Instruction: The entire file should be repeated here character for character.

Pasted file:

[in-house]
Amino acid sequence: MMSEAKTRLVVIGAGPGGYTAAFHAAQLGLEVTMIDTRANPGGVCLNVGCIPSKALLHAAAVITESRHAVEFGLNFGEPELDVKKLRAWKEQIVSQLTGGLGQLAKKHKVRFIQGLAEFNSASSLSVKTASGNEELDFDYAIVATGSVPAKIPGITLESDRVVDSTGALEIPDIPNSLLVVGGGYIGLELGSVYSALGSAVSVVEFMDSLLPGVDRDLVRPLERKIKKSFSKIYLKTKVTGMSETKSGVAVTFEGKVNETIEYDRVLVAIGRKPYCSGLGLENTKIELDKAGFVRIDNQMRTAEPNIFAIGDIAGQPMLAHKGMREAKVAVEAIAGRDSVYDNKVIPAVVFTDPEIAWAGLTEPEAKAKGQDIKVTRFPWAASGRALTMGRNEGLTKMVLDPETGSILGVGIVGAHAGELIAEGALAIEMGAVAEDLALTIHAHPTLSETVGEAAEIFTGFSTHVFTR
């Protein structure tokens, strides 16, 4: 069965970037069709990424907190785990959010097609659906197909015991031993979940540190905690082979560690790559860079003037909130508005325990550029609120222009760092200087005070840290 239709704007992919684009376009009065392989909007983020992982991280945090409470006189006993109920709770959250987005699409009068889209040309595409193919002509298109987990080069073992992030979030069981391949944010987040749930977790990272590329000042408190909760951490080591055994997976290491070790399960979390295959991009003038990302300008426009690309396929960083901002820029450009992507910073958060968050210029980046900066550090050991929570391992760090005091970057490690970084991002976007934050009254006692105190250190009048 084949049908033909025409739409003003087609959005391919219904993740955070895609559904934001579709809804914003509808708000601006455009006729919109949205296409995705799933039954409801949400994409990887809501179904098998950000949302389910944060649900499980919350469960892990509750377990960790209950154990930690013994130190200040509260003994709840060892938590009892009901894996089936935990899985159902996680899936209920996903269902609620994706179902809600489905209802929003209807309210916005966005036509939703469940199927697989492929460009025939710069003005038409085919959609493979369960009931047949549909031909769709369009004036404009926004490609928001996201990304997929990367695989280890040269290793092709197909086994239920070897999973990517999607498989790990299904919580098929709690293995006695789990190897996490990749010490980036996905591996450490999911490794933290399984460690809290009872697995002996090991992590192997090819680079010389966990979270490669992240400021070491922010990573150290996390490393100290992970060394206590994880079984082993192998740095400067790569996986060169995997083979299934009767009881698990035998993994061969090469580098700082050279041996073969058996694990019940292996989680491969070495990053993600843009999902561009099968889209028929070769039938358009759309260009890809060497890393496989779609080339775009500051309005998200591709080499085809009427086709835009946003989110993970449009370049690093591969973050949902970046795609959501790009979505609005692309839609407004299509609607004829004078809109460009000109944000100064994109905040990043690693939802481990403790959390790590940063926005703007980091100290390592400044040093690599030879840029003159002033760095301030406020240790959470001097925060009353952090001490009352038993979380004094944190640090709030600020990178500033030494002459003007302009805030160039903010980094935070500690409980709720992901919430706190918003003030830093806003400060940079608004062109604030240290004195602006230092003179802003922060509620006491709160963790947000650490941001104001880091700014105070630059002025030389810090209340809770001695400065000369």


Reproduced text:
[in-house]
Amino acid sequence: MMSEAKTRLVVIGAGPGGYTAAFHAAQLGLEVTMIDTRANPGGVCLNVGCIPSKALLHAAAVITESRHAVEFGLNFGEPELDVKKLRAWKEQIVSQLTGGLGQLAKKHKVRFIQGLAEFNSASSLSVKTASGNEELDFDYAIVATGSVPAKIPGITLESDRVVDSTGALEIPDIPNSLLVVGGGYIGLELGSVYSALGSAVSVVEFMDSLLPGVDRDLVRPLERKIKKSFSKIYLKTKVTGMSETKSGVAVTFEGKVNETIEYDRVLVAIGRKPYCSGLGLENTKIELDKAGFVRIDNQMRTAEPNIFAIGDIAGQPMLAHKGMREAKVAVEAIAGRDSVYDNKVIPAVVFTDPEIAWAGLTEPEAKAKGQDIKVTRFPWAASGRALTMGRNEGLTKMVLDPETGSILGVGIVGAHAGELIAEGALAIEMGAVAEDLALTIHAHPTLSETVGEAAEIFTGFSTHVFTR
């Protein structure tokens, strides 16, 4: 069965970037069709990424907190785990959010097609659906197909015991031993979940540190905690082979560690790559860079003037909130508005325990550029609120222009760092200087005070840290 239709704007992919684009376009009065392989909007983020992982991280945090409470006189006993109920709770959250987005699409009068889209040309595409193919002509298109987990080069073992992030979030069981391949944010987040749930977790990272590329000042408190909760951490080591055994997976290491070790399960979390295959991009003038990302300008426009690309396929960083901002820029450009992507910073958060968050210029980046900066550090050991929570391992760090005091970057490690970084991002976007934050009254006692105190250190009048 084949049908033909025409739409003003087609959005391919219904993740955070895609559904934001579709809804914003509808708000601006455009006729919109949205296409995705799933039954409801949400994409990887809501179904098998950000949302389910944060649900499980919350469960892990509750377990960790209950154990930690013994130190200040509260003994709840060892938590009892009901894996089936935990899985159902996680899936209920996903269902609620994706179902809600489905209802929003209807309210916005966005036509939703469940199927697989492929460009025939710069003005038409085919959609493979369960009931047949549909031909769709369009004036404009926004490609928001996201990304997929990367695989280890040269290793092709197909086994239920070897999973990517999607498989790990299904919580098929709690293995006695789990190897996490990749010490980036996905591996450490999911490794933290399984460690809290009872697995002996090991992590192997090819680079010389966990979270490669992240400021070491922010990573150290996390490393100290992970060394206590994880079984082993192998740095400067790569996986060169995997083979299934009767009881698990035998993994061969090469580098700082050279041996073969058996694990019940292996989680491969070495990053993600843009999902561009099968889209028929070769039938358009759309260009890809060497890393496989779609080339775009500051309005998200591709080499085809009427086709835009946003989110993970449009370049690093591969973050949902970046795609959501790009979505609005692309839609407004299509609607004829004078809109460009000109944000100064994109905040990043690693939802481990403790959390790590940063926005703007980091100290390592400044040093690599030879840029003159002033760095301030406020240790959470001097925060009353952090001490009352038993979380004094944190640090709030600020990178500033030494002459003007302009805030160039903010980094935070500690409980709720992901919430706190918003003030830093806003400060940079608004062109604030240290004195602006230092003179802003922060509620006491709160963790947000650490941001104001880091700014105070630059002025030389810090209340809770001695400065000369």